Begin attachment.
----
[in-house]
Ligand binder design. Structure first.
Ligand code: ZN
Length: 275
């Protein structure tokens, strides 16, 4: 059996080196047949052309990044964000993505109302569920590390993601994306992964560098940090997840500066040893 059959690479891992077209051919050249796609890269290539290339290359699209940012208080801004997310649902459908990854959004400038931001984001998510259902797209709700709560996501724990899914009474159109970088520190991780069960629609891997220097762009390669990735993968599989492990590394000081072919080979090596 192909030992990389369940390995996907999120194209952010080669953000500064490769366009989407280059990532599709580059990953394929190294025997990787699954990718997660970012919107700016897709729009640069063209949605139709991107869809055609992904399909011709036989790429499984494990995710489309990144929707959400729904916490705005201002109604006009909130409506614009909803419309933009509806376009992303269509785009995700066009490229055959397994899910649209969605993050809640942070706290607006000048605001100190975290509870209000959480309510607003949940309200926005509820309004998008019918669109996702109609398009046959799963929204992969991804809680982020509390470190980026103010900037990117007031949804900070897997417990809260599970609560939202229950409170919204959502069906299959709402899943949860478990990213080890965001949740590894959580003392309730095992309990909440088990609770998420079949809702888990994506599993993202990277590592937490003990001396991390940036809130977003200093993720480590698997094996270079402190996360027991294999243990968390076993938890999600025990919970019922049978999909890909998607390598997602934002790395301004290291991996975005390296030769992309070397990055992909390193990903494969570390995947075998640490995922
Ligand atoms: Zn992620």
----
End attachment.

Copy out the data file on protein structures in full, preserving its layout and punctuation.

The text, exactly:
[in-house]
Ligand binder design. Structure first.
Ligand code: ZN
Length: 275
């Protein structure tokens, strides 16, 4: 059996080196047949052309990044964000993505109302569920590390993601994306992964560098940090997840500066040893 059959690479891992077209051919050249796609890269290539290339290359699209940012208080801004997310649902459908990854959004400038931001984001998510259902797209709700709560996501724990899914009474159109970088520190991780069960629609891997220097762009390669990735993968599989492990590394000081072919080979090596 192909030992990389369940390995996907999120194209952010080669953000500064490769366009989407280059990532599709580059990953394929190294025997990787699954990718997660970012919107700016897709729009640069063209949605139709991107869809055609992904399909011709036989790429499984494990995710489309990144929707959400729904916490705005201002109604006009909130409506614009909803419309933009509806376009992303269509785009995700066009490229055959397994899910649209969605993050809640942070706290607006000048605001100190975290509870209000959480309510607003949940309200926005509820309004998008019918669109996702109609398009046959799963929204992969991804809680982020509390470190980026103010900037990117007031949804900070897997417990809260599970609560939202229950409170919204959502069906299959709402899943949860478990990213080890965001949740590894959580003392309730095992309990909440088990609770998420079949809702888990994506599993993202990277590592937490003990001396991390940036809130977003200093993720480590698997094996270079402190996360027991294999243990968390076993938890999600025990919970019922049978999909890909998607390598997602934002790395301004290291991996975005390296030769992309070397990055992909390193990903494969570390995947075998640490995922
Ligand atoms: Zn992620």